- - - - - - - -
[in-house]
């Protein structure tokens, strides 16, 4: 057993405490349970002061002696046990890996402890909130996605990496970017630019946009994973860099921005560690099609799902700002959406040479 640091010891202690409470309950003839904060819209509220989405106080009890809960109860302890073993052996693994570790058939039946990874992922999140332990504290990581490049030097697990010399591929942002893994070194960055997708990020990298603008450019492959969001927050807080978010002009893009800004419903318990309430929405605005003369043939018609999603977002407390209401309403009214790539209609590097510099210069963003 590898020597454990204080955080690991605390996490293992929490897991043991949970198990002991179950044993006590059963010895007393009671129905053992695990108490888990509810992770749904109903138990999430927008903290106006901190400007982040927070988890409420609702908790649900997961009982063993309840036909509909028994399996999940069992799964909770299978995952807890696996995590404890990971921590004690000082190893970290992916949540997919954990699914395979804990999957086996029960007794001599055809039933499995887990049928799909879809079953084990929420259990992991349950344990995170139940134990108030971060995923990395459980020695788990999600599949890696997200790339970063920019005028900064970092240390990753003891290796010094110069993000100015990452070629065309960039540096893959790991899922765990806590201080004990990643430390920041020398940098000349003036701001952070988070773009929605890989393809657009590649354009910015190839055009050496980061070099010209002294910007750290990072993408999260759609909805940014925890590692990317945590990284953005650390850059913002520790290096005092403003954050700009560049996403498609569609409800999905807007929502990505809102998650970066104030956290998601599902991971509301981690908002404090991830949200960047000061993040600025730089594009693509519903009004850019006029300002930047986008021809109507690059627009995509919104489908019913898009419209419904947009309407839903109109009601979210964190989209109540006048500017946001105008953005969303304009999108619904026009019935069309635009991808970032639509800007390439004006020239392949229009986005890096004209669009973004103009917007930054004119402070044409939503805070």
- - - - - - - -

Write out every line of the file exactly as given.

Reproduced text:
[in-house]
């Protein structure tokens, strides 16, 4: 057993405490349970002061002696046990890996402890909130996605990496970017630019946009994973860099921005560690099609799902700002959406040479 640091010891202690409470309950003839904060819209509220989405106080009890809960109860302890073993052996693994570790058939039946990874992922999140332990504290990581490049030097697990010399591929942002893994070194960055997708990020990298603008450019492959969001927050807080978010002009893009800004419903318990309430929405605005003369043939018609999603977002407390209401309403009214790539209609590097510099210069963003 590898020597454990204080955080690991605390996490293992929490897991043991949970198990002991179950044993006590059963010895007393009671129905053992695990108490888990509810992770749904109903138990999430927008903290106006901190400007982040927070988890409420609702908790649900997961009982063993309840036909509909028994399996999940069992799964909770299978995952807890696996995590404890990971921590004690000082190893970290992916949540997919954990699914395979804990999957086996029960007794001599055809039933499995887990049928799909879809079953084990929420259990992991349950344990995170139940134990108030971060995923990395459980020695788990999600599949890696997200790339970063920019005028900064970092240390990753003891290796010094110069993000100015990452070629065309960039540096893959790991899922765990806590201080004990990643430390920041020398940098000349003036701001952070988070773009929605890989393809657009590649354009910015190839055009050496980061070099010209002294910007750290990072993408999260759609909805940014925890590692990317945590990284953005650390850059913002520790290096005092403003954050700009560049996403498609569609409800999905807007929502990505809102998650970066104030956290998601599902991971509301981690908002404090991830949200960047000061993040600025730089594009693509519903009004850019006029300002930047986008021809109507690059627009995509919104489908019913898009419209419904947009309407839903109109009601979210964190989209109540006048500017946001105008953005969303304009999108619904026009019935069309635009991808970032639509800007390439004006020239392949229009986005890096004209669009973004103009917007930054004119402070044409939503805070």